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Posted: Tuesday, November 8, 2005 12:00 pm | Updated: 3:15 pm, Wed Aug 15, 2012.

By Olga Pena

Killeen Daily Herald

HARKER HEIGHTS While Harker Heights six parks thrive with business, city officials agree additional recreational facilities are needed to keep up with the citys continued growth in population.

The Parks and Recreation Department, along with the guidance and support of the City Council, is seeking land to build four new parks with a divergence of amenities in various locations around town.

The quality of life issue is a top goal for our community, said Parks and Recreation Director Jerry Bark. Our parks are being overused, which is a good problem.

Bark added that though residents take good care of park products, the need to spread out recreational activities in the city is great.

City Manager Steve Carpenter explained that not only is population growing at a steady pace, but demographics show young families with school-aged children moving to Harker Heights in great numbers.

We just dont have enough parks, Carpenter said. The parks we have are nice but a growing population demands more parks.

Carpenter has been working with Bark in seeking appropriate locations for new facilities while trying to obtain as much donated land as possible.

Two prospective sites are in the preliminary stages of negotiations while two locations will soon see construction.

The largest piece of land currently being considered is referred to as Dana Peak Park 723 acres of federal property on Stillhouse Hollow Reservoir run by the U.S. Army Corps of Engineers.

Bark said the city has submitted a request for easement to maintain and operate the park for the next 25 to 50 years.

Leasing the property, Bark said, would present the city with a plethora of opportunities to expand recreational services on the parks already developed and undeveloped land.

It opens up a whole new spectrum of recreational use that we currently dont offer, which is aquatics, Bark said.

The property features 613 acres of developed land that offers a wide array of amenities that include a sandy beach, 15 miles of trails, fishing dock, 25 RV campsites, 31 picnic areas with a pavilion, boat dock, 13 parking lots and four restrooms.

Bark said the 110 acres of undeveloped land might offer the necessary space needed to build an athletic complex with four baseball fields.

Those undeveloped acres sit on a bluff that extends to the peninsula of Dana Peak Park.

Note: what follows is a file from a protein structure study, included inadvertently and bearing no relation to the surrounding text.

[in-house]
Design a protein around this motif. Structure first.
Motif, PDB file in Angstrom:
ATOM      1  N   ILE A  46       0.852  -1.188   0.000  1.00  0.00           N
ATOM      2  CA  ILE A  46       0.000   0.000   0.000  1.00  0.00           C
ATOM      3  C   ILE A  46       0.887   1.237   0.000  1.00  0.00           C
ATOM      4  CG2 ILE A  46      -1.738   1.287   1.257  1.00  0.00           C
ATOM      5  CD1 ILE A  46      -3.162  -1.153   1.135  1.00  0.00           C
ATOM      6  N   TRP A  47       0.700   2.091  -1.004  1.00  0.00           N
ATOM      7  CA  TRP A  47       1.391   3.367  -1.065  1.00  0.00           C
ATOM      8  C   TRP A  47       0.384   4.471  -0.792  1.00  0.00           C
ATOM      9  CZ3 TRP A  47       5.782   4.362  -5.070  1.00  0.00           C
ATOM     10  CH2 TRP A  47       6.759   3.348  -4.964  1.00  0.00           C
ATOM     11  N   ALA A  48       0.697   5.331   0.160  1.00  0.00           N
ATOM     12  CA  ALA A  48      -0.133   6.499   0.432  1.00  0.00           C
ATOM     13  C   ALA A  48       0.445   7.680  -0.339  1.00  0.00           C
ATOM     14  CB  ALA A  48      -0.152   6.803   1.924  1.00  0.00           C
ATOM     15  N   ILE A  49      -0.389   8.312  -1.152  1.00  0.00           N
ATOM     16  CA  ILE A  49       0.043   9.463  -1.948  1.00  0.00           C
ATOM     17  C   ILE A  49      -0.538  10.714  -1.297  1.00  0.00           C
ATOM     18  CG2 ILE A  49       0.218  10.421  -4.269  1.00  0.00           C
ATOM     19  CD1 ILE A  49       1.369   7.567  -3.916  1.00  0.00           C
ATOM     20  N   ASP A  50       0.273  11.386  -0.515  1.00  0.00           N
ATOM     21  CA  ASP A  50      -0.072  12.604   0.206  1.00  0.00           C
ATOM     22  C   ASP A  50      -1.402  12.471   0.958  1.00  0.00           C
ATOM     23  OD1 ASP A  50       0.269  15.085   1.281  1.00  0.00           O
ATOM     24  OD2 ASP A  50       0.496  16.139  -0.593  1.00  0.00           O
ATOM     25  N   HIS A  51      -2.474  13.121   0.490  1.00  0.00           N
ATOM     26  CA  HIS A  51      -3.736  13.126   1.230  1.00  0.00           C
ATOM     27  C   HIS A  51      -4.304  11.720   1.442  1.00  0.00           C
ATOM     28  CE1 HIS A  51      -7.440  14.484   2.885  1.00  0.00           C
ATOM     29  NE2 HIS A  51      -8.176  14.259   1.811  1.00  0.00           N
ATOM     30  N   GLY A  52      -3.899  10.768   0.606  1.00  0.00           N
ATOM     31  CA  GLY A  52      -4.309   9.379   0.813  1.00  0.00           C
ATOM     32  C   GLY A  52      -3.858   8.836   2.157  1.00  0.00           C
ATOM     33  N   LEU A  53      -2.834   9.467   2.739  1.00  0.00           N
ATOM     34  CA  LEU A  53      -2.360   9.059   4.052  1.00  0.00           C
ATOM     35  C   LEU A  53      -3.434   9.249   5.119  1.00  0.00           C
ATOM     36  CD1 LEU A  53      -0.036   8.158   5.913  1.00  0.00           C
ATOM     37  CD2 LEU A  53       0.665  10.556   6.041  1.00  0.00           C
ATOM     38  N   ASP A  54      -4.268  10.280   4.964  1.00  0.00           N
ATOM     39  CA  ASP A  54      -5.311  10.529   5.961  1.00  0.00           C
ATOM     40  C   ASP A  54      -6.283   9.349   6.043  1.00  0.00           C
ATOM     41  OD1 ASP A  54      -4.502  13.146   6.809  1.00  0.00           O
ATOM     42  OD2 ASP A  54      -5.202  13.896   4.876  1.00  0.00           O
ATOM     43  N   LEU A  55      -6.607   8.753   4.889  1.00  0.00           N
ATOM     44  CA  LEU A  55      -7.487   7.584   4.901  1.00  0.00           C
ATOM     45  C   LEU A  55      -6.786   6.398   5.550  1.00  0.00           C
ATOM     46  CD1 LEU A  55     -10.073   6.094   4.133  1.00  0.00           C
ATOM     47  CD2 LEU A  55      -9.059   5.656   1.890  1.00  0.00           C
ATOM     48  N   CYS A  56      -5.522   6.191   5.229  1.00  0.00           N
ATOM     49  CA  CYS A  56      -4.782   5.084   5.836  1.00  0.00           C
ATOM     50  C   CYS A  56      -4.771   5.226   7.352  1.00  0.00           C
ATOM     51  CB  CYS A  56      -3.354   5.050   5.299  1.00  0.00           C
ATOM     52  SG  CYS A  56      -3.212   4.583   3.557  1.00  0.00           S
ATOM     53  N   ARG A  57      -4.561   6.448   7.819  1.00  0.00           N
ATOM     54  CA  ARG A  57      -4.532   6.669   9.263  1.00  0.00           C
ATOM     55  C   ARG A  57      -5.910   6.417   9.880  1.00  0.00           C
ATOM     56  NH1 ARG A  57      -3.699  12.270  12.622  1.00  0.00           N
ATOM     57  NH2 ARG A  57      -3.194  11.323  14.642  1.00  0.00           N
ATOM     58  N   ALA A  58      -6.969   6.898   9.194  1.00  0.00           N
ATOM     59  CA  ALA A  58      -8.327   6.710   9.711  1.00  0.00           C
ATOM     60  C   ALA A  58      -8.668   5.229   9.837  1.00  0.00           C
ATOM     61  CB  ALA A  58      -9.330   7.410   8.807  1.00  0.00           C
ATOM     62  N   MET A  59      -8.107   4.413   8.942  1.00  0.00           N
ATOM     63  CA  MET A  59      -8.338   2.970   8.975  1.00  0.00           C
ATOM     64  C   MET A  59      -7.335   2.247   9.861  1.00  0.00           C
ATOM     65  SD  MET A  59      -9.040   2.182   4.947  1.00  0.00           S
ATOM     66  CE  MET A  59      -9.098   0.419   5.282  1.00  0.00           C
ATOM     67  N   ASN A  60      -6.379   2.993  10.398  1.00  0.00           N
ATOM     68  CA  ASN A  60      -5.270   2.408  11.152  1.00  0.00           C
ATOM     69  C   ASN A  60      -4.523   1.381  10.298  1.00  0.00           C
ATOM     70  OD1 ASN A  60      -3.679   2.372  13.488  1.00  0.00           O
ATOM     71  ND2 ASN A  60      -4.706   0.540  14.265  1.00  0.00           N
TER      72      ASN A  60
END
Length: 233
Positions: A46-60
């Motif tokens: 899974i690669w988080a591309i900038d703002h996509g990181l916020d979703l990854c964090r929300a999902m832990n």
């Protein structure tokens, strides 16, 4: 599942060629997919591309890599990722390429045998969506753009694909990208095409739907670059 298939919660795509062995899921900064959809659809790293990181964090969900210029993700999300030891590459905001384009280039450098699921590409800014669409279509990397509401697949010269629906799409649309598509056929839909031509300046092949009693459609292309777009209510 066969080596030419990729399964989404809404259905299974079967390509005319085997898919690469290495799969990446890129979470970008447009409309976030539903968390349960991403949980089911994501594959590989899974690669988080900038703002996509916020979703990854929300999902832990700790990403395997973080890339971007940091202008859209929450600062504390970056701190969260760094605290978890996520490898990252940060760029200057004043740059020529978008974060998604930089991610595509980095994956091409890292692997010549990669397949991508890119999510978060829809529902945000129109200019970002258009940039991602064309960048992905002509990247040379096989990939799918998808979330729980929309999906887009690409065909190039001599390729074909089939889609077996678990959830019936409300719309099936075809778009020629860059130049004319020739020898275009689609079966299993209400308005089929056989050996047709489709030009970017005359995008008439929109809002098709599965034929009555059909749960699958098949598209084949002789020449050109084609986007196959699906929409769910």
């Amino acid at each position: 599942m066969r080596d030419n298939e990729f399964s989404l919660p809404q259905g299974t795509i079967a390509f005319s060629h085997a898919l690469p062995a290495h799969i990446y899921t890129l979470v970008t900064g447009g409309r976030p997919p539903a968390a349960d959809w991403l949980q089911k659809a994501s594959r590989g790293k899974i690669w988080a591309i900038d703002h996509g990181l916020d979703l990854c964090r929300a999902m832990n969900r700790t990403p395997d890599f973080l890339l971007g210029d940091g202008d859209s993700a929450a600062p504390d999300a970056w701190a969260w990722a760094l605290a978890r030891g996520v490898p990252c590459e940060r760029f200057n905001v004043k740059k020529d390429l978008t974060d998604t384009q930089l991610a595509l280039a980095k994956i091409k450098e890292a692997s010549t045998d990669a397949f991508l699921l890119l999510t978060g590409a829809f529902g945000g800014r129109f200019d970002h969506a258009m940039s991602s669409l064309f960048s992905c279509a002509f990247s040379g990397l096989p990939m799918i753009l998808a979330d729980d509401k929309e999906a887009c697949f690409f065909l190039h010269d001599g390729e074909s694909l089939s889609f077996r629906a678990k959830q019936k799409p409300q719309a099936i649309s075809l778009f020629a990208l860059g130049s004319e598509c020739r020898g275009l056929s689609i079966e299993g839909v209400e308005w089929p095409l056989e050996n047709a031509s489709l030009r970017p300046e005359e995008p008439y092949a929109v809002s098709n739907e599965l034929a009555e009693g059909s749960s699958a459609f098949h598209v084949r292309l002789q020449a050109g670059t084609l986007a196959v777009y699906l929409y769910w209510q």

Bark explained the city is seeking to construct an athletic complex since the P.R. Cox Baseball Field location was given to the new police department being built on Indian Trail. Spring Pioneer Park is currently being used as a temporary site during baseball season.

An estimated figure for the Dana Peak Park lease has not been determined yet and Bark said the city is waiting for the Corps of Engineers Fort Worth District to complete its evaluation of the submitted easement to the Stillhouse lake office.

I call them once a week, Bark said. They are still reviewing it.

While the Dana Peak Park project is still in the infant stage of negotiations, other parks are already under way.

A YMCA waterpark facility behind the Harker Heights Public Library on Beeline Lane should begin taking shape by the end of November.

Directly across the street from the waterpark on Beeline Lane lies the JPTC addition a 14-acre tract of land donated by two families.

It is in a perfect location for a nice park, Bark said, adding that the land is in an older section of the town which is very land-locked. This really opens up our opportunity to enhance our recreational amenities in that area of town.

Bark said the city is working with the YMCA to ensure the JPTC addition complements the waterpark rather than duplicate any services or stimulate competition.

The donating families have provided two stipulations for the land on Beeline; it must be a park and it must have the family names Goode and Connell included in its official title.

Another prospective park site is located on Knights Way 61 acres of property suitable for park needs. The first step of negotiations has taken place as the city has approached landowners as to the possibility of selling their land.

The City Council has been instrumental in lending support and direction to the Parks and Recreation Department in an effort to provide suitable recreational services to a growing community.

We need to spread out our amenities and availability to our citizens, Bark said.

Contact Olga Peña at opena@kdhnews.com

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